It’s eerie how much today was like that day. It was bright, beautiful, and cool, just like today.
I struggled out of bed into my living room and turned on some morning news program, as was my custom at the time. Every morning the same cheery cast of characters told me banal stories that had no importance in my life. I got a cup of coffee and sat down on the futon in a daze of sleep and my usual morning “cheeriness.”
Today is beautiful, and now over to Sheri with the traffic report…
Nothing important. Boring. I turned off the sound on the morning news and focused on assembling my computer in the corner of my living room. I had just gotten a new freelance design job and decided I would go to work late to put my computer together and get it all running for the big job. It took me about 15 minutes, and I hopped into the shower to congratulate a job well done with a good scrub.
I toweled myself off from the shower and heard a dull thud that sounded like a car backfiring nearby. I looked at the television, the news people were still happily chirping soundlessly, and I turned off the television. Looking at the clock, I realized I was late, got dressed, and got out of the house in minutes. I had gotten as far as the subway entrance when I noticed people coming out of the subway station. One of the people leaving mentioned something about an accident. Being the pessimist I am and needing information from authorized personnel I decided to get information from the subway clerk and continued into the station.
Below ground, it was pandemonium. People were asking the subway clerk not for instructions but for information about the plane.
It didn’t take me long to realize that this was serious. No trains. Nothing was running. Go home. I walked across the street, back to my apartment, and saw a few people walking towards the Connecticut Muffin. I went back upstairs and turned on the television. These were different from the people I remembered. They were not cheery, but instead looked like ghosts and flash; the picture changed to the Twin Towers one had a gash along its side and was smoking. I turned up the volume and heard the reports about a plane hitting tower one as if in a replay, an explosion in tower two and the second plane hit. Then as before, a dull thud from outside.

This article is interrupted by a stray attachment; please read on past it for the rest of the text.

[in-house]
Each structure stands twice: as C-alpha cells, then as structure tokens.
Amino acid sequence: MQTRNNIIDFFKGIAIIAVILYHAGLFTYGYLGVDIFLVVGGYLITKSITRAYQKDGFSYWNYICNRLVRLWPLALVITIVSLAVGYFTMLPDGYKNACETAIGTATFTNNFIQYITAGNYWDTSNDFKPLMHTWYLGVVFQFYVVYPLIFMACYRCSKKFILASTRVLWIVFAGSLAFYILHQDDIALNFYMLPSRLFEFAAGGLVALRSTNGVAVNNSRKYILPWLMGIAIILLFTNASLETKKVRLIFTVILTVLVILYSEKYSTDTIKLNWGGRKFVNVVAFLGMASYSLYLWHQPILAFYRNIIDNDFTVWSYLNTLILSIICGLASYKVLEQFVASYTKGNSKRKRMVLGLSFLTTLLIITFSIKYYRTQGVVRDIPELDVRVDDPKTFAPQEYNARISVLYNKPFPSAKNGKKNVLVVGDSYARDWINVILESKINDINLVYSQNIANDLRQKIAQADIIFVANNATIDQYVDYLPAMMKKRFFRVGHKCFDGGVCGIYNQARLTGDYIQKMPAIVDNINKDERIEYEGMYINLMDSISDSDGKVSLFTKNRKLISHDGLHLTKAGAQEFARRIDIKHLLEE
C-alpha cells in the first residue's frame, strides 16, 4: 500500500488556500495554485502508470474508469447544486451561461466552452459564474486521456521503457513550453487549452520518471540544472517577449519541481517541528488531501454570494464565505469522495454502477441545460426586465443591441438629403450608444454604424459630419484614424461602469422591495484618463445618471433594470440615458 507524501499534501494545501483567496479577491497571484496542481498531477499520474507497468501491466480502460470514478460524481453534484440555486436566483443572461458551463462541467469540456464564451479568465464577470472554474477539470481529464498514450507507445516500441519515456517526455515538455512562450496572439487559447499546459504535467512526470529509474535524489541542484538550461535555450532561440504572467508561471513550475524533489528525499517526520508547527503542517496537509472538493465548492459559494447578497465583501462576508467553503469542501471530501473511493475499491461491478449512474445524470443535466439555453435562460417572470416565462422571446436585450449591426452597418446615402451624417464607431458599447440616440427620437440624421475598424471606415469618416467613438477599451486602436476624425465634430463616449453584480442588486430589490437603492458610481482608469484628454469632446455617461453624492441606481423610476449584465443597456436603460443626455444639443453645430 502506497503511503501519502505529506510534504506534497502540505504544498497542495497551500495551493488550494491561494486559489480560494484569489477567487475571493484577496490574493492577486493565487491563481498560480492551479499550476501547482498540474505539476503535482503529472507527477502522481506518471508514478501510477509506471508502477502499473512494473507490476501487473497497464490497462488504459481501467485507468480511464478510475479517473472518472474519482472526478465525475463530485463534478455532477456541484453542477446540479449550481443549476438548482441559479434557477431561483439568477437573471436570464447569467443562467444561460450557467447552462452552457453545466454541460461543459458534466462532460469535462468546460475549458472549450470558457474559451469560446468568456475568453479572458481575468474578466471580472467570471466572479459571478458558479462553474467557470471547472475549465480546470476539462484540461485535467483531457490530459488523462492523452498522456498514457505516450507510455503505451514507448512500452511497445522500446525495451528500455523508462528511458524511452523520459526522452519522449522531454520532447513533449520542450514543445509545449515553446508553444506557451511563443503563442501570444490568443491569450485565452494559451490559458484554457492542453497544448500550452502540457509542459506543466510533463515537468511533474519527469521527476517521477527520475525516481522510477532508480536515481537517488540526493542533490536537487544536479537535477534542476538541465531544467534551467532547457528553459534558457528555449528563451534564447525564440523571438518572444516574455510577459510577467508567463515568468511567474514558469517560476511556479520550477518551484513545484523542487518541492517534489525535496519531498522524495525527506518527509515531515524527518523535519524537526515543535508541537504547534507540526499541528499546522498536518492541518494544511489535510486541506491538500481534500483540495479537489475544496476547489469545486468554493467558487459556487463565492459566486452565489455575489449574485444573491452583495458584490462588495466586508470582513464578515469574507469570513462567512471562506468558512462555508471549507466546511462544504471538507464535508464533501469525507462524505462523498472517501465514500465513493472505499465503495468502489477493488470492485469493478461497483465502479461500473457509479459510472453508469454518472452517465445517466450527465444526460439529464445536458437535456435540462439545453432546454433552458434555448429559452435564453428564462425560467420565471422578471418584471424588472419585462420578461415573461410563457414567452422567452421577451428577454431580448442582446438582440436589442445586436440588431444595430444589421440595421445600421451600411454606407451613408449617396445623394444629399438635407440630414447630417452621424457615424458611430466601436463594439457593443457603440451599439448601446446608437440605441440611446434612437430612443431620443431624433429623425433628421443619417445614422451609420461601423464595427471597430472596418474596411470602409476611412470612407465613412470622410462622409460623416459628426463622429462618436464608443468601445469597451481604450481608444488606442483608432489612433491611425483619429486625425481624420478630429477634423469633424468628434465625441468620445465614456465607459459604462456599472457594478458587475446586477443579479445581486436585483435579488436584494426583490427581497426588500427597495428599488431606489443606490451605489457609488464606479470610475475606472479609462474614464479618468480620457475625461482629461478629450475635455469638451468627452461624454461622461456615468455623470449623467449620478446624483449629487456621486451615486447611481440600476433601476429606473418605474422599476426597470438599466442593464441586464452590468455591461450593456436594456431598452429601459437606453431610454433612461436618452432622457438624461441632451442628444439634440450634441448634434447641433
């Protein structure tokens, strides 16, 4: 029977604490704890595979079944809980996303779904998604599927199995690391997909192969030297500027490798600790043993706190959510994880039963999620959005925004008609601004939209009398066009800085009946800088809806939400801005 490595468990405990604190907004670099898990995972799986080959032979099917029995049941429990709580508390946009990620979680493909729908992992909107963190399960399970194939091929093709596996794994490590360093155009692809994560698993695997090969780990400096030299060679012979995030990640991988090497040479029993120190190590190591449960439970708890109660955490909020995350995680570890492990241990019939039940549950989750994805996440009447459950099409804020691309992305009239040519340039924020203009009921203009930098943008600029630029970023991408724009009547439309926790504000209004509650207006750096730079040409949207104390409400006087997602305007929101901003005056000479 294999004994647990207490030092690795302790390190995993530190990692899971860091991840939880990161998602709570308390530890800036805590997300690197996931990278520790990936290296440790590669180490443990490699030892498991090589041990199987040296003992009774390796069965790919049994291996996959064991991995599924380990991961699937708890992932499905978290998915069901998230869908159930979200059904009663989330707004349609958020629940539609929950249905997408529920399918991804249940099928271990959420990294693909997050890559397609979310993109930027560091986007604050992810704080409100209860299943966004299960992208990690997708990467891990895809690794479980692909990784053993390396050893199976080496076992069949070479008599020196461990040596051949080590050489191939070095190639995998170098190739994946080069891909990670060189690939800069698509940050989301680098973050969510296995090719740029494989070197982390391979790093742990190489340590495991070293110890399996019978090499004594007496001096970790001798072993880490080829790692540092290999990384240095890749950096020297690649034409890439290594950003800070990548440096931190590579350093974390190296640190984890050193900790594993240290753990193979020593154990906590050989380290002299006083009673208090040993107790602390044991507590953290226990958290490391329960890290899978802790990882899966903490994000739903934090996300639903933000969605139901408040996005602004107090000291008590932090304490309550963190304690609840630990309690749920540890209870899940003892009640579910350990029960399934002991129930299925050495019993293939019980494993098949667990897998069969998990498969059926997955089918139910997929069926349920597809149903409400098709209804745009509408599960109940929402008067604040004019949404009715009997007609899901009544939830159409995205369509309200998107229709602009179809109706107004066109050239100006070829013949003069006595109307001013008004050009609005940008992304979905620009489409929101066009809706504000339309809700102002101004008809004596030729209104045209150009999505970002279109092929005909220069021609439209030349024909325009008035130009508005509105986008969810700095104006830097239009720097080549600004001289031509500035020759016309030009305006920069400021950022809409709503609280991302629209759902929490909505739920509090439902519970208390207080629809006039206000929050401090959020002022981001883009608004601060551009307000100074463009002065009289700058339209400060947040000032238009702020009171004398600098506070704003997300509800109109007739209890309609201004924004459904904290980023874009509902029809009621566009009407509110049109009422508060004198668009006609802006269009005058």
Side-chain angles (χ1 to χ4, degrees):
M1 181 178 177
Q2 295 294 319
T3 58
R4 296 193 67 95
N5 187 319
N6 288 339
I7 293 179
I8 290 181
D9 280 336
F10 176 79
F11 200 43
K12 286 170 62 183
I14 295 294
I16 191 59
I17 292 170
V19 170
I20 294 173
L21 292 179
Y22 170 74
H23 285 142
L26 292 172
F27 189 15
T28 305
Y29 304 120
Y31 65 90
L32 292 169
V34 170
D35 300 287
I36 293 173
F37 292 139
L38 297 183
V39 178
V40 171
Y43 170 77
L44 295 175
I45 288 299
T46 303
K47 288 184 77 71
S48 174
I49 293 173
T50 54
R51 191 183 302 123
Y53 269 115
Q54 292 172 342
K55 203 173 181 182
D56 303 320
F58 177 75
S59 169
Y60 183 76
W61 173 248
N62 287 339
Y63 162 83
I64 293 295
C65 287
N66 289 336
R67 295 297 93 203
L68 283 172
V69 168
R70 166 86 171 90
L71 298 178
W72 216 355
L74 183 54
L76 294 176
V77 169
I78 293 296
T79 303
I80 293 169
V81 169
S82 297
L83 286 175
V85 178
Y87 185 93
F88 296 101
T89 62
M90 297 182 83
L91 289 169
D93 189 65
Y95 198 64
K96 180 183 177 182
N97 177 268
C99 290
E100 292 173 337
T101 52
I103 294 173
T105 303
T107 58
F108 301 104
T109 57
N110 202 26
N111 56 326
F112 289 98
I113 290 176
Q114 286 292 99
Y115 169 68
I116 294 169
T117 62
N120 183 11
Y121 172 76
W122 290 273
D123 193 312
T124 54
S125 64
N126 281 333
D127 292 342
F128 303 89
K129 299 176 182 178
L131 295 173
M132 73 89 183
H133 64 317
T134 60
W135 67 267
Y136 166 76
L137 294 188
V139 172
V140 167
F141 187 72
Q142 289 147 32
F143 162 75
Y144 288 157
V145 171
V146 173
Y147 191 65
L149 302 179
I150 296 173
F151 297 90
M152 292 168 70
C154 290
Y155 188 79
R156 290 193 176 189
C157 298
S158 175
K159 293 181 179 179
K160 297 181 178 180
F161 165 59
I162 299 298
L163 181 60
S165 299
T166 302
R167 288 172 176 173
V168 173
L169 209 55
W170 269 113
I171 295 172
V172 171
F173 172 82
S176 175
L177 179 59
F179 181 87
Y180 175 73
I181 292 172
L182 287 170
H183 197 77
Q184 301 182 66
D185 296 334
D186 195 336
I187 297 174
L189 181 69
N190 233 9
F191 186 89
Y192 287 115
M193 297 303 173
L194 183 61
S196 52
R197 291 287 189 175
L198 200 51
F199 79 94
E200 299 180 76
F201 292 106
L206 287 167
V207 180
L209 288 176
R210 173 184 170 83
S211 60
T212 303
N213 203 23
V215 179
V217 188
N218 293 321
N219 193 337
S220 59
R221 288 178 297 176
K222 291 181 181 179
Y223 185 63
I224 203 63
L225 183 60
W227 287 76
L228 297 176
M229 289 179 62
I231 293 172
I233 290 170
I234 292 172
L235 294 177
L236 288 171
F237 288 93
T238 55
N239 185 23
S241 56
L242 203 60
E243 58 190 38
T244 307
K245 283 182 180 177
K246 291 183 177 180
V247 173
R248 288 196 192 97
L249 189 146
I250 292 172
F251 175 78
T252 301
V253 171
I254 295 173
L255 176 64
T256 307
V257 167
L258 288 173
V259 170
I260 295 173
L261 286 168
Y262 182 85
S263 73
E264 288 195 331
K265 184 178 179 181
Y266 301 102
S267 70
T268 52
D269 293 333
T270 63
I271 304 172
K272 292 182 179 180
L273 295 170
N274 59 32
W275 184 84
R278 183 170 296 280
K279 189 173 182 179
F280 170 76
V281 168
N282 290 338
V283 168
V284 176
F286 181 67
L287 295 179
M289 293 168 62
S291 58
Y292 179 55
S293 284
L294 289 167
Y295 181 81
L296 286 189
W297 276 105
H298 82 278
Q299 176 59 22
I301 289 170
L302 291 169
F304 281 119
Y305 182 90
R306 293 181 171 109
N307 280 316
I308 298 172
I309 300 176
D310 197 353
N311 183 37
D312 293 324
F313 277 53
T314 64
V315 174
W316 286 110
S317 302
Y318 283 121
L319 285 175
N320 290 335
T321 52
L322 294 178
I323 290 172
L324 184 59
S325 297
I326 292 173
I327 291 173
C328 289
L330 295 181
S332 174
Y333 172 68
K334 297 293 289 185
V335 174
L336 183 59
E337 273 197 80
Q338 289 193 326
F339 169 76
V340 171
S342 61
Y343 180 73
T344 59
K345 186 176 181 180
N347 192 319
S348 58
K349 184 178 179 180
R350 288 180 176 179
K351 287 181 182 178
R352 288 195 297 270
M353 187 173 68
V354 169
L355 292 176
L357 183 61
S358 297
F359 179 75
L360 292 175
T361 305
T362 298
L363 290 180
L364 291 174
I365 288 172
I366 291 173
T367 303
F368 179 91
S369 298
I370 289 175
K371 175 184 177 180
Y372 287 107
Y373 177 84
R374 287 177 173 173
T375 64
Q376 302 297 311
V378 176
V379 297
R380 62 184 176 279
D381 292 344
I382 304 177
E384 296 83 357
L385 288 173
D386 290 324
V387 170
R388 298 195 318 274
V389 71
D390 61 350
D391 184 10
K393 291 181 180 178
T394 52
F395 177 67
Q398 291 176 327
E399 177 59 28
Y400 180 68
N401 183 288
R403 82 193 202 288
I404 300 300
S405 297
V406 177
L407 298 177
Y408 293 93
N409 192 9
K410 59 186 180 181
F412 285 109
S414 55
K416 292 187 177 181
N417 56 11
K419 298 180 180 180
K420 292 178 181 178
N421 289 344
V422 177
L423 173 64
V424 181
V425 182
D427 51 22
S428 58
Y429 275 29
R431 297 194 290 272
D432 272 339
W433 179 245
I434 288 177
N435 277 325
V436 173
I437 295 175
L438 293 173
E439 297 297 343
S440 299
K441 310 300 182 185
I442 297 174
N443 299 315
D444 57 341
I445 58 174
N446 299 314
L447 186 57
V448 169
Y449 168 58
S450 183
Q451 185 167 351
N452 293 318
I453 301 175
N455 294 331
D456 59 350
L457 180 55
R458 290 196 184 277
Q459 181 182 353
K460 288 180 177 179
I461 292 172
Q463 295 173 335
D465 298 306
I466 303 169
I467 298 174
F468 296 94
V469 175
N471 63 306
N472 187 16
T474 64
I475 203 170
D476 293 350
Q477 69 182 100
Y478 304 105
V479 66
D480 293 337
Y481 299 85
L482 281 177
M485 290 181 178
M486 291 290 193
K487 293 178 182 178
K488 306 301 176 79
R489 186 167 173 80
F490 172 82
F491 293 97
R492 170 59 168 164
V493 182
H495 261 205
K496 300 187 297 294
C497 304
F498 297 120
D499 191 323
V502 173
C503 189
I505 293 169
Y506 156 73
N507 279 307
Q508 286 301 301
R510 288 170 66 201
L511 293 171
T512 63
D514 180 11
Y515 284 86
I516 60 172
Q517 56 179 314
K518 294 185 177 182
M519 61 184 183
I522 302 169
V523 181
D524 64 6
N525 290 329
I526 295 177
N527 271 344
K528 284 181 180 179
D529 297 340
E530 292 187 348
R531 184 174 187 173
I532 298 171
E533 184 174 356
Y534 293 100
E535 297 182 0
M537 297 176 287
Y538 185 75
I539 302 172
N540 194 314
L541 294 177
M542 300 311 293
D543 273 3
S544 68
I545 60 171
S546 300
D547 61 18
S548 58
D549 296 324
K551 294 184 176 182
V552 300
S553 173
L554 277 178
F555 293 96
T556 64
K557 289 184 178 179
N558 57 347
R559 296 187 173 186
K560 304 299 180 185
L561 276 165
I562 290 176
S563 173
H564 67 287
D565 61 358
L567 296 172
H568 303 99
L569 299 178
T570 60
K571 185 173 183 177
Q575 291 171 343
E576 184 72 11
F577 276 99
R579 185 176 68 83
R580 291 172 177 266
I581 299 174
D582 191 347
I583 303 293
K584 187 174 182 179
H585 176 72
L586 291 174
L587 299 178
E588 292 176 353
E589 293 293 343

It was at this point that I realized this was not accidental. It was terrorism and not bad flying, as I had initially rationalized it. Family called me, making sure I was alright. The phone call disconnected mid-call. It was all very confusing.
My girlfriend at the time got through and asked me to pick her up at the Brooklyn Botanical Garden, where she worked. As I was on the phone, the first tower fell; this time, I heard it before the television showed it. It was a rolling noise, like dragging a concrete block across a concrete floor. The rest of the day was a bit of a blur. I got my girlfriend. We barricaded ourselves in the apartment. I got a kitchen knife and had it at the ready. We feared the poisonous cloud of gas that the terrorists would soon release. The poison gas never came. Nor did the terrorists. It was a panicky time.
All I can remember from the days after was what would come to be known as “the smell.” It was everywhere. You would choke from the horrible burned plastic and sheetrock smell. It would change with the wind, and sometimes you wouldn’t smell anything, and then sometimes it would be so thick you’d smell it when you got home. It went away for about two months.
Two years later, I still think about it.